• October 4, 2022

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No fewer than 816 persons have died from cholera infection as outbreak of the epidemic continues to ravage more communities across the country,  Director General, National Centre for Disease Control (NCDC), Dr. Chikwe Ihekweazu, has said.

Speaking yesterday,  in Abuja, during the 18th ministerial briefing organised by Presidential Communication Team, he said the epidemic has spread to 22 states,  warning that over 31,000 people have been infected.

Also speaking at the event, Minister of Health, Dr.  Osagie Ehanire, faulted ongoing doctors strike under the auspices of National Association of Resident Doctors(NARD),  saying embarking on an industrial action in the midst of the third wave of COVID-19 pandemic with the arrival of Delta variant, cholera outbreak in 22 states and marburg virus (similar to Ebola) was not only dangerous but unconscionable.

While acknowledging  the danger the COVID-19 Delta variant has brought to the country, Ehanire, however,  ruled out another lockdown of the country.

“Lockdown is a very last measure that countries are taking because lockdown stifles economic activity, restricts  freedom and your businesses – corporate, government, private business all are affected. So it’s not  something you do easily.    And of course when we were compelled to have lockdown at the beginning, we learnt a lot of lessons. You know, at that time government provided palliatives to mitigate the impact if you couldn’t go to market or couldn’t do your business. But this is not what government is aiming to do; no government wants to lockdown. In countries where they have serious threats, they had to do what they call a precision lockdown, like in the UK.”

The minister decried the strike by doctors appealing to them to return to work. 

“I think Nigeria is probably the only country in the world today where doctors are dropping work in the middle of a threat to the whole country. So that’s what we have advised. There has been no threat. We are just appealing, all of us are doctors,  all of us went through the same residency. We’re saying this is not the time let’s continue to talk about it.  Do not put people’s lives at risk.”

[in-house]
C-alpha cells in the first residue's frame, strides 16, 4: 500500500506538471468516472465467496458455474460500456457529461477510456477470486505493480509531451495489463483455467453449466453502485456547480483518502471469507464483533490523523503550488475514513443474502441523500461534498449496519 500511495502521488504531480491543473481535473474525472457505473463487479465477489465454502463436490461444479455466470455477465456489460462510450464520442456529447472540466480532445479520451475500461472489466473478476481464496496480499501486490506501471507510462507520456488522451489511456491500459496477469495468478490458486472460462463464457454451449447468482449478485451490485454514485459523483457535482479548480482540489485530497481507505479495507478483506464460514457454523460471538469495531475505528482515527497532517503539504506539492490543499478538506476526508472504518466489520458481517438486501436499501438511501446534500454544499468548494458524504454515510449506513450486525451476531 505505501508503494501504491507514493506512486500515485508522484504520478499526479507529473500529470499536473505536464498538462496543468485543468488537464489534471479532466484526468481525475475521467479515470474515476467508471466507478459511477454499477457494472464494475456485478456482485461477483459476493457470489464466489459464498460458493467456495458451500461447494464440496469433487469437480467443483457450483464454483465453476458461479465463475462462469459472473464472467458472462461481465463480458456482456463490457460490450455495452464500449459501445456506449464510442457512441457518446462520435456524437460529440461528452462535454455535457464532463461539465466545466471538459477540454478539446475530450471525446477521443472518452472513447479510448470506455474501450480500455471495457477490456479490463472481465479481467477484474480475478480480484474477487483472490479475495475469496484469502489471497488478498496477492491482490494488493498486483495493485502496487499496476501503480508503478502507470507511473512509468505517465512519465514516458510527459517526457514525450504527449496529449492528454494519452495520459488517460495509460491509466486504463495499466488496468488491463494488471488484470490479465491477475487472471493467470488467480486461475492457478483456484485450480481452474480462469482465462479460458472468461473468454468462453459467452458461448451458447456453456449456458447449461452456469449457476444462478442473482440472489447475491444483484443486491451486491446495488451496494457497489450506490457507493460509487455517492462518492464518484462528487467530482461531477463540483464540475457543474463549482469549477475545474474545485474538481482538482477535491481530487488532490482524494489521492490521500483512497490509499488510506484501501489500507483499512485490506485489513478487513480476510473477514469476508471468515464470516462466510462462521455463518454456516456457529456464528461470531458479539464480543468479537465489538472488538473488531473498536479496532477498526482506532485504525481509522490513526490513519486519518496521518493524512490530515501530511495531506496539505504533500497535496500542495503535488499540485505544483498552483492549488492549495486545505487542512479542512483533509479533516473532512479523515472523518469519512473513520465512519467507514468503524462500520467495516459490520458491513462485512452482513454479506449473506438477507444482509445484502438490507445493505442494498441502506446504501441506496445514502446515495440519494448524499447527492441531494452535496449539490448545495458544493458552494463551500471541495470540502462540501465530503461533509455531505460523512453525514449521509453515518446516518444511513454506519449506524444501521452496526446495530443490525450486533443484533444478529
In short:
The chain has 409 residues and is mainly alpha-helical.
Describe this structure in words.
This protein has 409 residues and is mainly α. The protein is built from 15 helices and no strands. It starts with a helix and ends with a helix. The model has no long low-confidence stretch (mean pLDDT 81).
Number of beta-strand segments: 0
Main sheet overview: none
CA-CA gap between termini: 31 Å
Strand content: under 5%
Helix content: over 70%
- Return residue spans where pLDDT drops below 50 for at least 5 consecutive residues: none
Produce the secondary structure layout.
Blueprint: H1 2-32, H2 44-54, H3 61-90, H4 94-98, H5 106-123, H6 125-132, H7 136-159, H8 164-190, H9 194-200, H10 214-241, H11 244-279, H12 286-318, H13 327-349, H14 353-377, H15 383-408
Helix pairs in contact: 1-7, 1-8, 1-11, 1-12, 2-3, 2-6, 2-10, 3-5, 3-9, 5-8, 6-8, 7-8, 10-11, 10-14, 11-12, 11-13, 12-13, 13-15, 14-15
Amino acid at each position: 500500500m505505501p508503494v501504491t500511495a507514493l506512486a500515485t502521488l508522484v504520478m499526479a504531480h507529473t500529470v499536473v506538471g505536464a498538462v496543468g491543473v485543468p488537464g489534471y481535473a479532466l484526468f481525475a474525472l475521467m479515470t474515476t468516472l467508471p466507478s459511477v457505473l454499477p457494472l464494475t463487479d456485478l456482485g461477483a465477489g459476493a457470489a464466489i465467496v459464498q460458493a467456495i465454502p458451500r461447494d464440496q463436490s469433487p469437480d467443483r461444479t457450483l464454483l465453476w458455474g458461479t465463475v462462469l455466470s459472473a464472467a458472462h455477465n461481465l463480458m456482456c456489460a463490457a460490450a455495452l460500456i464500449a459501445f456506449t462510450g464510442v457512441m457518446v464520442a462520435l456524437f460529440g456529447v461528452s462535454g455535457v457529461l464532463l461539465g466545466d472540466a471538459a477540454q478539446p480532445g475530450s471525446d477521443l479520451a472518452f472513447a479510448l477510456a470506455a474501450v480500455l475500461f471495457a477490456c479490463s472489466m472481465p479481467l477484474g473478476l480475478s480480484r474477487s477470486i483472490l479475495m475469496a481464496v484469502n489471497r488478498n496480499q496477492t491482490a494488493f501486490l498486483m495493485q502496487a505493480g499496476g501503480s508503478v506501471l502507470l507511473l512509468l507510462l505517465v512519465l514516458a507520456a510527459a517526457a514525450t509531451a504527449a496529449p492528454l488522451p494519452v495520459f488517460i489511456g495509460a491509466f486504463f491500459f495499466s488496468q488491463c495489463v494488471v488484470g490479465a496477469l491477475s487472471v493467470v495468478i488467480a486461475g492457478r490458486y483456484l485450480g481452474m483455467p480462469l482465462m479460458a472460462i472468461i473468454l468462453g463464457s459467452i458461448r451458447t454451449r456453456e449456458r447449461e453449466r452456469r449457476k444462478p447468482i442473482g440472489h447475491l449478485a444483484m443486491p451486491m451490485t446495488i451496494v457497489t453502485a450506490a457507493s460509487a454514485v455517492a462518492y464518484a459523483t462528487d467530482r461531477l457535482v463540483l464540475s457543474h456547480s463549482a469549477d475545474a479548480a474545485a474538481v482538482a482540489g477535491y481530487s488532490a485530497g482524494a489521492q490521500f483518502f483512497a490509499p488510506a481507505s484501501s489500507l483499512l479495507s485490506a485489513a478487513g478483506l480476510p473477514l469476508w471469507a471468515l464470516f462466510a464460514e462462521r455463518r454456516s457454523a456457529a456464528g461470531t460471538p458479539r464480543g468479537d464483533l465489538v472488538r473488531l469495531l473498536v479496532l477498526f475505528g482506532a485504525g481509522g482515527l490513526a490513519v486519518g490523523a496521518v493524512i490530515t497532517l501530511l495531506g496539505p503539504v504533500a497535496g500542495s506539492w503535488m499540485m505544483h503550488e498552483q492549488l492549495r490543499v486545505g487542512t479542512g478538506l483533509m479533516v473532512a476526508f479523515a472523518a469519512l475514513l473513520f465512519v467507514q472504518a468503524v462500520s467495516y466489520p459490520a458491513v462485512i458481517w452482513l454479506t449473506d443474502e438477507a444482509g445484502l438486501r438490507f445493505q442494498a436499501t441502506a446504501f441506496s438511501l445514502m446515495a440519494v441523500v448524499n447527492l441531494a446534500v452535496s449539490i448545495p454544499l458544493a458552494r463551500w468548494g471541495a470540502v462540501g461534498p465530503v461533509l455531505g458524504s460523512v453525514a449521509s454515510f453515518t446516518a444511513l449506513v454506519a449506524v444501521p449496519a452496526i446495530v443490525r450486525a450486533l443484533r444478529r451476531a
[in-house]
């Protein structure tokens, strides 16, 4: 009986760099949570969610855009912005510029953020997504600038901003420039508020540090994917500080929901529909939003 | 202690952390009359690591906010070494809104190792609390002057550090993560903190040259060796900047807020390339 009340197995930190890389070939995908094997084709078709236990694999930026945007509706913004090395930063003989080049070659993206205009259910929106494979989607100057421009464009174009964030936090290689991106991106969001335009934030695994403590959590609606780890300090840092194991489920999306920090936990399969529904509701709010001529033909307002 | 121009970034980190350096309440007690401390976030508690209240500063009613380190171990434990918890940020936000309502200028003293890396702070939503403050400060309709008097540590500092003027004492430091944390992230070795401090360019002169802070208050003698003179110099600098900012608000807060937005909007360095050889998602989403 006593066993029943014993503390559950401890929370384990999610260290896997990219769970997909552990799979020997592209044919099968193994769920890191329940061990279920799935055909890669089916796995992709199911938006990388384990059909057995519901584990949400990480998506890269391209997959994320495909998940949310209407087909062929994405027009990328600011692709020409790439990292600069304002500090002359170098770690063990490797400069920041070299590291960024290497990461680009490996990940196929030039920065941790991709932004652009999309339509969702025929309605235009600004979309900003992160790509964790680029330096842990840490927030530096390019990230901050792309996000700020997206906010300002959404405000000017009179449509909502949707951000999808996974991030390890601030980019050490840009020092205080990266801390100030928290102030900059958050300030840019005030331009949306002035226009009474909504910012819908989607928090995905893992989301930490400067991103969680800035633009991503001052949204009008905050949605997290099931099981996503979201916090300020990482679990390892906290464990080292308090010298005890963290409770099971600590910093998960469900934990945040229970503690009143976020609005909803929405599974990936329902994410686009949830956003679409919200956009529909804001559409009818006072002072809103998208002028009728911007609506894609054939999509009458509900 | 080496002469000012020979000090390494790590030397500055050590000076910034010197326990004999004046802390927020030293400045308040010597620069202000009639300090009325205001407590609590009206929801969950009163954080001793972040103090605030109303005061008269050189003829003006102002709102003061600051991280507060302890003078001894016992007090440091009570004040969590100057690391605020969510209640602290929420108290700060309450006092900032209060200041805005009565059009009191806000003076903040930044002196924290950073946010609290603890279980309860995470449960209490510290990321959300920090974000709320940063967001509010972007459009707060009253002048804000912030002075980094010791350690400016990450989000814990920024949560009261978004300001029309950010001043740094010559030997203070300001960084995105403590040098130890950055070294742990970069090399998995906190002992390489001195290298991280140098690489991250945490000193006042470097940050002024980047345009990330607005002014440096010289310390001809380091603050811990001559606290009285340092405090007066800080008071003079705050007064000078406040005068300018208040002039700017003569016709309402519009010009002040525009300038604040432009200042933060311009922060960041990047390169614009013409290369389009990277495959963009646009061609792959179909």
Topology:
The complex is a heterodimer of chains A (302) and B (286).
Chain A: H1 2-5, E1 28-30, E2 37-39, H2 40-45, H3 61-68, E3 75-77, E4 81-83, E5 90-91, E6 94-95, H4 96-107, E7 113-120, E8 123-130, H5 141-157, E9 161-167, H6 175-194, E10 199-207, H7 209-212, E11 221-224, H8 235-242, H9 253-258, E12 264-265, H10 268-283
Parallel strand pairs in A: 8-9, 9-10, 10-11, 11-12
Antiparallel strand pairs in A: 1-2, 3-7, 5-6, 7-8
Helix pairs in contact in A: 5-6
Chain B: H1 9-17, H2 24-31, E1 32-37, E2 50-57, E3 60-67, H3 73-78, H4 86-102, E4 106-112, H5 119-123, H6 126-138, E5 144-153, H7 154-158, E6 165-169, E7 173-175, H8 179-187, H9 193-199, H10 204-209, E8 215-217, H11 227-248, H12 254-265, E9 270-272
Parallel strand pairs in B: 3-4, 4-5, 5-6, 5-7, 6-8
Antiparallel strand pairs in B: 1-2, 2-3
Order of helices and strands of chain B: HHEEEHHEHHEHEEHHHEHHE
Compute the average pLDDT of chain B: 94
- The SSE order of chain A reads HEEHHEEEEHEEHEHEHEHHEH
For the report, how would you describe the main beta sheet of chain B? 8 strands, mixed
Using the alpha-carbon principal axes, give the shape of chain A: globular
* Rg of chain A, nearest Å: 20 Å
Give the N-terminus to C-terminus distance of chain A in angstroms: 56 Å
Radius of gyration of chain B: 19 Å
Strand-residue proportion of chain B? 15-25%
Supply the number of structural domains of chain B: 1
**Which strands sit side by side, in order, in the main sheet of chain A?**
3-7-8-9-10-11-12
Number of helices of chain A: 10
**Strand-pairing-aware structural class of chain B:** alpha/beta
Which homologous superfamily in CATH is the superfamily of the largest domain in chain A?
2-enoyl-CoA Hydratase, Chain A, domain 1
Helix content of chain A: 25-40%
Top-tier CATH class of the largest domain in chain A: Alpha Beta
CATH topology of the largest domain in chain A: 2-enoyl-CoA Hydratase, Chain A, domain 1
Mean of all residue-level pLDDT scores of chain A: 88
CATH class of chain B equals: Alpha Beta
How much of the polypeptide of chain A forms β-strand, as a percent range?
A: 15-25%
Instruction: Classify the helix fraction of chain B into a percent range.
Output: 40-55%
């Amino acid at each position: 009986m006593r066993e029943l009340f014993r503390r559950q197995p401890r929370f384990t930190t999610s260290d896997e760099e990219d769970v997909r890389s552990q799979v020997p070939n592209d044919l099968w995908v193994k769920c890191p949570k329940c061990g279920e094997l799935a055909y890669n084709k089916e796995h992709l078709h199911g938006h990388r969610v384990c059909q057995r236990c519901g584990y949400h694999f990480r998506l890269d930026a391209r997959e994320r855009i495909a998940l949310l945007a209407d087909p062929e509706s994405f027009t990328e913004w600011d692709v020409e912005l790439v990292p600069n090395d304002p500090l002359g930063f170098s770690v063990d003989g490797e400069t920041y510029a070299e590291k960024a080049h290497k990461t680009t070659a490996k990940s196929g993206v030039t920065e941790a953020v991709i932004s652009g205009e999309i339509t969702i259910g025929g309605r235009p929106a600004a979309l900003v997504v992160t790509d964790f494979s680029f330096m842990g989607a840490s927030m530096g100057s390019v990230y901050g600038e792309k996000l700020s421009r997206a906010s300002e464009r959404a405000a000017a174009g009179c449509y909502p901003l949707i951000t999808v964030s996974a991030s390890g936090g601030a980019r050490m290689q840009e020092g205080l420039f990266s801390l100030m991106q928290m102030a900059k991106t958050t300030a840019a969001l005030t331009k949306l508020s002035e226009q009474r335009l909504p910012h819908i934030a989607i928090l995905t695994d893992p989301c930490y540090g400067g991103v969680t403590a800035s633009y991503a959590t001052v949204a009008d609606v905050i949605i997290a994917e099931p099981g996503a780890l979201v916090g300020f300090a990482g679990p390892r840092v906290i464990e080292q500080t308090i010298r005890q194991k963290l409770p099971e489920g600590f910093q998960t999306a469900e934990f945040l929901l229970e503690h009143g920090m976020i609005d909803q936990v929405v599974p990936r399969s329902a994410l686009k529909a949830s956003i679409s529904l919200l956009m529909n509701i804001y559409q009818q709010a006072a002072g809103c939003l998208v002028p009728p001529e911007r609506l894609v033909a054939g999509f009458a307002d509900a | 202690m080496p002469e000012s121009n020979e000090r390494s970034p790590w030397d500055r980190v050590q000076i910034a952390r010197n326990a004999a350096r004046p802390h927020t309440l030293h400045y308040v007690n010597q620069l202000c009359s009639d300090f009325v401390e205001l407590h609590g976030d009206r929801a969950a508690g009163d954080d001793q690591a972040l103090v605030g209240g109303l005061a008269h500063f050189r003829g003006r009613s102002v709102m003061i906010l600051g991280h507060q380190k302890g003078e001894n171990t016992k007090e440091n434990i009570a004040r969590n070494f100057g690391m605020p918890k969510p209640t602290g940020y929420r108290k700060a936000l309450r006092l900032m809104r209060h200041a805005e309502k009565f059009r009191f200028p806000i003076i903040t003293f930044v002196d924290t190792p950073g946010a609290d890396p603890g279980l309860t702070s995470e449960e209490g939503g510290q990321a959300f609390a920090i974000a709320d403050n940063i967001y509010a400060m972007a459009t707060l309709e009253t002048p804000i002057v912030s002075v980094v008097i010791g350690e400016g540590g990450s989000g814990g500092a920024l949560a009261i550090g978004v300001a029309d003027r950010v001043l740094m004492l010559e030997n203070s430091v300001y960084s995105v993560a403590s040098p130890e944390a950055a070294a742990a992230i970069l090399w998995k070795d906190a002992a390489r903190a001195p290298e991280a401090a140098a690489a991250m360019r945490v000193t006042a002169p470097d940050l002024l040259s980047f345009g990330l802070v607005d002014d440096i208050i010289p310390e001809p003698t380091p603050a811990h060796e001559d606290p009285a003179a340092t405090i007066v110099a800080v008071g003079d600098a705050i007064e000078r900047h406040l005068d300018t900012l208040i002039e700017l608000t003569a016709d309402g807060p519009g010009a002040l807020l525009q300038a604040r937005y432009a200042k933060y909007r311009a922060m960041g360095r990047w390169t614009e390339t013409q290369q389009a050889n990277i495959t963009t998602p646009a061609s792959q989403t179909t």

He said Federal Government would apply the International Labour Organisation (ILO)  policy of “No Work, No Pay”, if the doctors insisted on carrying on with the strike, saying they would not  be paid from tax payers money for doing nothing.

He also denied threatening to sack resident doctors who withdrew their services since August 2 over alleged poor conditions of service, saying all engagements and consultations so far have been to appeal to them to call off the strike.

He said majority of the demands raised by the doctors were under the jurisdiction of state governments.

Director General of  National Agency For Food Drug Administration and Control (NAFDAC), Prof. Mojisola Adeyeye, explained that recent delays associated with the application of mModerna vaccines donated by the US government was as a result of laboratory testings where some insignificant quantities had bar-coding errors which had to be sorted.

She said the agency was working round the clock to resolve the slight hitches which had nothing to do with the vaccine quality.

She said in the previous vaccination exercises 12,000 Nigerians reported mild side effects.

Executive Director/CEO, National Primary Healthcare Development Agency (NPHCDA), Dr. Faisal Shuiab, said in order to further combat the spread of COVID-19, the Federal Government has procured over 29 million single dose of Johnson and Johnson COVID-19 vaccines at the cost of $298.5 million (over N122 billion) to enable the country vaccinate 70 per cent of eligible members of the population.

He said 176,000 doses of Johnson and Johnson vaccines that arrived the country with roll out schedule for Monday, was part of 29 million doses the government procured that is being expected.

Shuaib said the J&J doses would be administered to those who are in hard-to-reach areas.

“The balance of the vaccine will subsequently be delivered in monthly tranches,” he said.

“This batch of J&J vaccine will be focused on those who are in the hard-to-reach areas, riverine.”

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